Blue Collar

What is a 'Blue Collar'

A blue collar is a working-class person historically defined by hourly rates of pay and manual labor. A blue collar worker refers to the fact that most manual laborers at the turn of the century wore blue shirts, which could hold a little dirt around the collar without standing out.

This working class stands in contrast to white collar workers, which historically have had the higher-paying, salaried positions to go with their clean and pressed white shirts.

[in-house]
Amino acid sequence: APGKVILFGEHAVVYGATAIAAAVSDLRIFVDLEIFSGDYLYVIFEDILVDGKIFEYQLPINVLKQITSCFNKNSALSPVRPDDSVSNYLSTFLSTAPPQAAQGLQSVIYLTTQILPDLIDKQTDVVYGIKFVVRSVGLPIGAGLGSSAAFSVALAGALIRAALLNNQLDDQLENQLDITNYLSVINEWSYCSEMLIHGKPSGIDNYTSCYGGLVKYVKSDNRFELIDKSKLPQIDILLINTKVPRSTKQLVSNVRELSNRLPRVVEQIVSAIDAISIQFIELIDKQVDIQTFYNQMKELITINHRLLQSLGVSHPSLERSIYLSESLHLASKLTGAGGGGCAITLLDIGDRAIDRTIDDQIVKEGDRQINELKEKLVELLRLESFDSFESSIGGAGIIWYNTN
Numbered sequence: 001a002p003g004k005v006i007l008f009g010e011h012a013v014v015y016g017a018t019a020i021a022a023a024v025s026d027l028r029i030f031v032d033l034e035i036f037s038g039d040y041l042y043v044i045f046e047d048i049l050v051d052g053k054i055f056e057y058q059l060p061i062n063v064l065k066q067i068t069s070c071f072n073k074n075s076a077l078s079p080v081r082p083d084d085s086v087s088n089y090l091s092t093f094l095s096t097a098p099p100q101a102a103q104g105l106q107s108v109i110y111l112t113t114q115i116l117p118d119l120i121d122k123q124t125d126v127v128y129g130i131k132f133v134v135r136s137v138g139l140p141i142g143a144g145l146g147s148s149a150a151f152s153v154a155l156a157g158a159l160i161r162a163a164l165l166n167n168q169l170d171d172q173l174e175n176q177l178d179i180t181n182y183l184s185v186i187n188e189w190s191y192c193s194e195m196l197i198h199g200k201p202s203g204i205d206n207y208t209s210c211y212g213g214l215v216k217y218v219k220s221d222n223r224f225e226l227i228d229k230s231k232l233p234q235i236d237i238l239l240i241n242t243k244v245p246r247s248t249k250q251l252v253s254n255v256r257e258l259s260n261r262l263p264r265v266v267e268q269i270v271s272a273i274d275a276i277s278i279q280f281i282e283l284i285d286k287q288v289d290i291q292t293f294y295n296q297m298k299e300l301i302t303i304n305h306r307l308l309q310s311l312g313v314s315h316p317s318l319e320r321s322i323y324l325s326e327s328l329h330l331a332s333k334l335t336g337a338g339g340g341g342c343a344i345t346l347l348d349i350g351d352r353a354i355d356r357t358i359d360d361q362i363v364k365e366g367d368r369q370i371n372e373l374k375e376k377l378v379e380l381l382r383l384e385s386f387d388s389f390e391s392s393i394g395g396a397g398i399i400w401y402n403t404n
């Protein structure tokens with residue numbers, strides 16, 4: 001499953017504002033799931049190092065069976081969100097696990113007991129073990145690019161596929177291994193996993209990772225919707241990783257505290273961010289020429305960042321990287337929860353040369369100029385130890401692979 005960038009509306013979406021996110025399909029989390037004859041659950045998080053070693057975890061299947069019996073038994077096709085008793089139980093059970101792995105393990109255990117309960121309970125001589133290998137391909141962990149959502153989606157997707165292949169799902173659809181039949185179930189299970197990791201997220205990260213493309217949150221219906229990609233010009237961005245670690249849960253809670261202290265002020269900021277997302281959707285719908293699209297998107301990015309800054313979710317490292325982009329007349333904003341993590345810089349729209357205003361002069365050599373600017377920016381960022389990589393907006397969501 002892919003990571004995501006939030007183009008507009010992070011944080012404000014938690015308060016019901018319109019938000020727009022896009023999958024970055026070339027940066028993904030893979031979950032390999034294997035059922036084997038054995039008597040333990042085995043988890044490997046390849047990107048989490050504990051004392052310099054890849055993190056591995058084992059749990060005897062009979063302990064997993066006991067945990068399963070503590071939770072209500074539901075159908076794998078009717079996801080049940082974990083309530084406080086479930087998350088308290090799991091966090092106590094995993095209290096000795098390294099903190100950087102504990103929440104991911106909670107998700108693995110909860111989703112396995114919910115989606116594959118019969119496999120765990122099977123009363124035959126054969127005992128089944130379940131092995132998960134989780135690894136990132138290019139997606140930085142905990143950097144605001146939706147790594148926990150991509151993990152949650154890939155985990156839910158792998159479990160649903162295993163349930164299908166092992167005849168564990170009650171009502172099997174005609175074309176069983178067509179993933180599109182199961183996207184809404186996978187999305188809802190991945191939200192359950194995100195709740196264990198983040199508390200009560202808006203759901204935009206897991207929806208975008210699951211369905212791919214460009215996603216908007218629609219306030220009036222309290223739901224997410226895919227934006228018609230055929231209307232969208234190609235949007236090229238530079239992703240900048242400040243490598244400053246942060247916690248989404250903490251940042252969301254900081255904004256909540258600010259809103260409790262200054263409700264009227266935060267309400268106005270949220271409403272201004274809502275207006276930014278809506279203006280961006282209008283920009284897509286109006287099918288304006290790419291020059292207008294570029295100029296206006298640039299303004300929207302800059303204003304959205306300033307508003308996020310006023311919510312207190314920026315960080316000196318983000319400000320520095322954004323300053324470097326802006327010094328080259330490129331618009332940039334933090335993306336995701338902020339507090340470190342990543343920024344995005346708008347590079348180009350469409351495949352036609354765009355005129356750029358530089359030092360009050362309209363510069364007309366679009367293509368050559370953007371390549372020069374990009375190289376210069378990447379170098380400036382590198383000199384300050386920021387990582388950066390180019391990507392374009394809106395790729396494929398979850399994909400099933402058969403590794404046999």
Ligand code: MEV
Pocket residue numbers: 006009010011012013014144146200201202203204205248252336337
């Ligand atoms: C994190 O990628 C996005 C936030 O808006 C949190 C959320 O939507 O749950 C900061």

The term blue collar has in the past implied a certain lack of worker education as well, but those lines are blurred today. Today blue collar workers can be formally educated, skilled and highly paid. They can also earn more annually then some of their white collar counterparts.

The rate of college attendance in the U.S. has skyrocketed in the past 100 years, democratizing the education level once reserved for only wealthy families. Blue collar work does not typically carry a negative connotation in the United States, and has in fact been a source of multi-generational pride for millions, especially in the geographic northeast, where most of country's heavy industry first developed over 150 years ago.